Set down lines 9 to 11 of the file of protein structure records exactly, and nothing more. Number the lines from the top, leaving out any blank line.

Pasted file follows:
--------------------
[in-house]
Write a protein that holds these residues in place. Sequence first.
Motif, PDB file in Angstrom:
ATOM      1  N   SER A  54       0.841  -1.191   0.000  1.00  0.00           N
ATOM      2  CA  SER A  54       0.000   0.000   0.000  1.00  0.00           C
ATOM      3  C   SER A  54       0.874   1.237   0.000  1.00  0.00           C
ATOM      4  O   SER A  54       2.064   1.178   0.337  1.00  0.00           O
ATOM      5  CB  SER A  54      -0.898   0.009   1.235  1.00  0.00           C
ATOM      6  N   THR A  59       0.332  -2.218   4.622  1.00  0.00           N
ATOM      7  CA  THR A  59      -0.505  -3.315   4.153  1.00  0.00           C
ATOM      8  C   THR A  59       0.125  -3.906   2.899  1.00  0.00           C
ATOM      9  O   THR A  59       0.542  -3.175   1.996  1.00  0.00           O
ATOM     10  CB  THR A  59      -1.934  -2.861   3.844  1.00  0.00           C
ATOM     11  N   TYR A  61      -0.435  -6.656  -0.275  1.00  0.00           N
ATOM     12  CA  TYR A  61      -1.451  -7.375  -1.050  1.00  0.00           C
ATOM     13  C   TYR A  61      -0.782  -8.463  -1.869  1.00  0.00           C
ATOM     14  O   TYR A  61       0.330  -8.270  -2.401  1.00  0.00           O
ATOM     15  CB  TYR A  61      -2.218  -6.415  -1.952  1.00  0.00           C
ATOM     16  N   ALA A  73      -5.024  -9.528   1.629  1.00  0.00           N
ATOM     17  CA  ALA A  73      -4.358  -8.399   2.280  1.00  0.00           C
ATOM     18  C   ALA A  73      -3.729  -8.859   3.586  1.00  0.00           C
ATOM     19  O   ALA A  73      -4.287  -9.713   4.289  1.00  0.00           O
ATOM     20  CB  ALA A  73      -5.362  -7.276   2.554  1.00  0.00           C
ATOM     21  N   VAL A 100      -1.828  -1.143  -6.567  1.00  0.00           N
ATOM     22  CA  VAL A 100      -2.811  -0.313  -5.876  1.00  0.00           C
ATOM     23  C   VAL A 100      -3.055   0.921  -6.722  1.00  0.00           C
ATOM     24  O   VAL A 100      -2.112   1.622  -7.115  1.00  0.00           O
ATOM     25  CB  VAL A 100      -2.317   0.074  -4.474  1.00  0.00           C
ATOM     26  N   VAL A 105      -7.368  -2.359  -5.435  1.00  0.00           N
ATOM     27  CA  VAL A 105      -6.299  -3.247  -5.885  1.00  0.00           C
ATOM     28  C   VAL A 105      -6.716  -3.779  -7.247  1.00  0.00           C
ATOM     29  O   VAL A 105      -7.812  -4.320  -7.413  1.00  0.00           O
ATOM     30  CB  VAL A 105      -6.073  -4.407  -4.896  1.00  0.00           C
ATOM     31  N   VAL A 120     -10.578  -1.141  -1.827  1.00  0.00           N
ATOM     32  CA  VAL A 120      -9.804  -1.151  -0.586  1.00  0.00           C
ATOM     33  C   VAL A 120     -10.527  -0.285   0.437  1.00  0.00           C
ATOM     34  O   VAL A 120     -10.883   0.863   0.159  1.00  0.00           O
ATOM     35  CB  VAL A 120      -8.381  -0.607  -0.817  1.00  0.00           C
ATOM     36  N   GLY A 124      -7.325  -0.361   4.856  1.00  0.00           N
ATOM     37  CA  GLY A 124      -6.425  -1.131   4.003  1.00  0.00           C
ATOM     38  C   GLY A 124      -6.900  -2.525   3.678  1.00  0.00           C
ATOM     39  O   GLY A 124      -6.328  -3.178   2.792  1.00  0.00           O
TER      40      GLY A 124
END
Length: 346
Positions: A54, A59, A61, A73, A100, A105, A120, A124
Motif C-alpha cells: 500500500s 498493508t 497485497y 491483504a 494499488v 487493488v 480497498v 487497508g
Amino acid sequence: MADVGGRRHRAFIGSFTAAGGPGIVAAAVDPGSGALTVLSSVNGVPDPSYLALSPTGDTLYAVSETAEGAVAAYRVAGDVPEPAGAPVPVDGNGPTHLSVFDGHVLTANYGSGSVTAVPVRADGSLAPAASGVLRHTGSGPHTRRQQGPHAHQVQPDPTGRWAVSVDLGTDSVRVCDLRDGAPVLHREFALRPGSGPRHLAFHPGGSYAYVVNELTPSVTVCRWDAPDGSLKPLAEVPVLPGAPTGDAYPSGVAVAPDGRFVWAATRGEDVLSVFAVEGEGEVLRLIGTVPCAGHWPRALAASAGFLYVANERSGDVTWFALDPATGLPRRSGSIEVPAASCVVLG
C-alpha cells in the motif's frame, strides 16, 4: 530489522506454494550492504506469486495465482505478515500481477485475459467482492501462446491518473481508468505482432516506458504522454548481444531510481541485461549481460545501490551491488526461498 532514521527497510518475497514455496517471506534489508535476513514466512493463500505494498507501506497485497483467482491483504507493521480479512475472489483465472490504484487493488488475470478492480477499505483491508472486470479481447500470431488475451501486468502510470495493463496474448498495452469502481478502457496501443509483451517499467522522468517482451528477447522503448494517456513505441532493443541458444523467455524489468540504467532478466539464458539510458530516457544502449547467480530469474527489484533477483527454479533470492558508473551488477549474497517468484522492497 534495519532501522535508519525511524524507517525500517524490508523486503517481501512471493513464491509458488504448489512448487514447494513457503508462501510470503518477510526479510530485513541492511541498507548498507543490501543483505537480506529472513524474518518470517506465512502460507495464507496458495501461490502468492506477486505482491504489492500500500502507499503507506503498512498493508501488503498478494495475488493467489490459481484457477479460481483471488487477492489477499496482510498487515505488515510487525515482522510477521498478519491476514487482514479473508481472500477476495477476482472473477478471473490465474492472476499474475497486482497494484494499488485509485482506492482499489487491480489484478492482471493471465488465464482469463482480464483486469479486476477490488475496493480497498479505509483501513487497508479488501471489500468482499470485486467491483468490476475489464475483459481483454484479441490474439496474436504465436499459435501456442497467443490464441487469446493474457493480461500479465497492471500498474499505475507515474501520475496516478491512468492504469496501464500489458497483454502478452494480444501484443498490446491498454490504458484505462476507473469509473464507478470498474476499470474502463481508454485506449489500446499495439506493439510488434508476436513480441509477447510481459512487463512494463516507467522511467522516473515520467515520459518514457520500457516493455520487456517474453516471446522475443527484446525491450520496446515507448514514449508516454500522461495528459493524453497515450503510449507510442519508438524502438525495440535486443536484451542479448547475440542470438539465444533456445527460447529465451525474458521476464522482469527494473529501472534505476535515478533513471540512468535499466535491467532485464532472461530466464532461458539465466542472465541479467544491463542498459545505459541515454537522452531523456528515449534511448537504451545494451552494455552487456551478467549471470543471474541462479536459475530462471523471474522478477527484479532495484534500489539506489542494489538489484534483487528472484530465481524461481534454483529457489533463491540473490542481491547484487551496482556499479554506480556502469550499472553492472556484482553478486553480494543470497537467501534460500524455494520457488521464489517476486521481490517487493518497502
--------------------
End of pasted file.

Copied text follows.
ATOM      6  N   THR A  59       0.332  -2.218   4.622  1.00  0.00           N
ATOM      7  CA  THR A  59      -0.505  -3.315   4.153  1.00  0.00           C
ATOM      8  C   THR A  59       0.125  -3.906   2.899  1.00  0.00           C